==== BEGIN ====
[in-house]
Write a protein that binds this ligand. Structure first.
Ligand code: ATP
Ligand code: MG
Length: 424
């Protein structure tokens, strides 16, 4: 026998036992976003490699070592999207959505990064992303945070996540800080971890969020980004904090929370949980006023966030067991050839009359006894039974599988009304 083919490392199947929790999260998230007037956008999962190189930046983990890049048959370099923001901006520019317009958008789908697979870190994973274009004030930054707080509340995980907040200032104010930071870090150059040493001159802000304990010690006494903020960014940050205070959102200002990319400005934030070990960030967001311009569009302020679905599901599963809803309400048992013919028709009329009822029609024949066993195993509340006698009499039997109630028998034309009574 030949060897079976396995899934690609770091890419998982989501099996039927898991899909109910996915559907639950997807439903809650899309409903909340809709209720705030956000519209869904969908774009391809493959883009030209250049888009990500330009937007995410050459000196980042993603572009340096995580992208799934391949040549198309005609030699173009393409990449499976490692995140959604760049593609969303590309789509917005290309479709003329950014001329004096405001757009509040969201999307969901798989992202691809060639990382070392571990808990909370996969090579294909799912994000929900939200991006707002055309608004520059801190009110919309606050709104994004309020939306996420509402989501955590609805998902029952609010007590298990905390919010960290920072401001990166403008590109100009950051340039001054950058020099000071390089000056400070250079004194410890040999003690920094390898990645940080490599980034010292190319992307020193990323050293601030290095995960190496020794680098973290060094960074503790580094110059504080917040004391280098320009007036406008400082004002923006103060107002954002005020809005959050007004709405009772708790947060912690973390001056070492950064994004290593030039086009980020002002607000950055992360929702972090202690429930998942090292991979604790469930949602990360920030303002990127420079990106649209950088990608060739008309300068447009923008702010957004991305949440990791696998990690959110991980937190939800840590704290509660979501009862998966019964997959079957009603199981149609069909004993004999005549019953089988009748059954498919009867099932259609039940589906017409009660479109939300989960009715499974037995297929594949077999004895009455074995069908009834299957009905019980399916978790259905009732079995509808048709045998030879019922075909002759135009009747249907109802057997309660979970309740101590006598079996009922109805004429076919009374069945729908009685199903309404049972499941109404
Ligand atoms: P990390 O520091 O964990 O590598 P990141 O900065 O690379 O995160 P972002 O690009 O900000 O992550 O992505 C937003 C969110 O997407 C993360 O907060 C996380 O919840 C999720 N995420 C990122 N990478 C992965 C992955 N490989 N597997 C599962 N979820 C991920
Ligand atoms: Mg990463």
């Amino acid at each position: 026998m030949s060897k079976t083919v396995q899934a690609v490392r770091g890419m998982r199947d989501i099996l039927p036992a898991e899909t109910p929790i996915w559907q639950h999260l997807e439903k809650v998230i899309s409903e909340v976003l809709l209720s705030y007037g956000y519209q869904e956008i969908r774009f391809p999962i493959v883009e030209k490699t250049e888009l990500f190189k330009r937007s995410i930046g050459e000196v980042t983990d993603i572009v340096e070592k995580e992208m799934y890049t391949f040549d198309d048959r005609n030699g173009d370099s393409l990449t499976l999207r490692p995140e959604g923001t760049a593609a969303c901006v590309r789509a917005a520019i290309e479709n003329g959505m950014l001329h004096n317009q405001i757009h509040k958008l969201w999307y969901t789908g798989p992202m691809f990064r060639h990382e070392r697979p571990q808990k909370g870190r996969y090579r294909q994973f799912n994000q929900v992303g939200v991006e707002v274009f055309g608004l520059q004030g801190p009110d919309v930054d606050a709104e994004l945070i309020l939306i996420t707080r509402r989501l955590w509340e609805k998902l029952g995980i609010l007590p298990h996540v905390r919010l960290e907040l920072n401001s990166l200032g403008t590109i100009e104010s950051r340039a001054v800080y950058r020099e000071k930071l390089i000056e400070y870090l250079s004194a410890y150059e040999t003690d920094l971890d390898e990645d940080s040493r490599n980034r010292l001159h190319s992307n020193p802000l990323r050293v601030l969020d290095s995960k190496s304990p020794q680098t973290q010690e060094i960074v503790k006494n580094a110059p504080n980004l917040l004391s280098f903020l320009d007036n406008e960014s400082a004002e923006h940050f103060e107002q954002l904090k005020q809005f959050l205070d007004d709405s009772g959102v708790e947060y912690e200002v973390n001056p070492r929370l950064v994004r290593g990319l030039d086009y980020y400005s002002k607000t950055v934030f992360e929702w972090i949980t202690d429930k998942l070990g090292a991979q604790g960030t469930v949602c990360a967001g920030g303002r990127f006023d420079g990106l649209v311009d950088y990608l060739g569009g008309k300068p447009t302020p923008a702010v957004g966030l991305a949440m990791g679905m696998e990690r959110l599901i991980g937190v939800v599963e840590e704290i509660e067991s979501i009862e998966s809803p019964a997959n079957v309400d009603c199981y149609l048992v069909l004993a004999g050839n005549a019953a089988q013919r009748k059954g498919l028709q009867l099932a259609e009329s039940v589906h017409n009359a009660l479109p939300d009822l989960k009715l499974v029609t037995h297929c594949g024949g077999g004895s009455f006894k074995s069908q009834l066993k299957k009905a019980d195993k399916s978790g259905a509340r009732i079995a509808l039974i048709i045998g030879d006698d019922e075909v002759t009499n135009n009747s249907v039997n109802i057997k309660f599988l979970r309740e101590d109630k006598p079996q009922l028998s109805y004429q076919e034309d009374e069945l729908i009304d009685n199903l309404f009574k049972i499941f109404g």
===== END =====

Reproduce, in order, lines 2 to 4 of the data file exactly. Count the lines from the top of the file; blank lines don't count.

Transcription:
Write a protein that binds this ligand. Structure first.
Ligand code: ATP
Ligand code: MG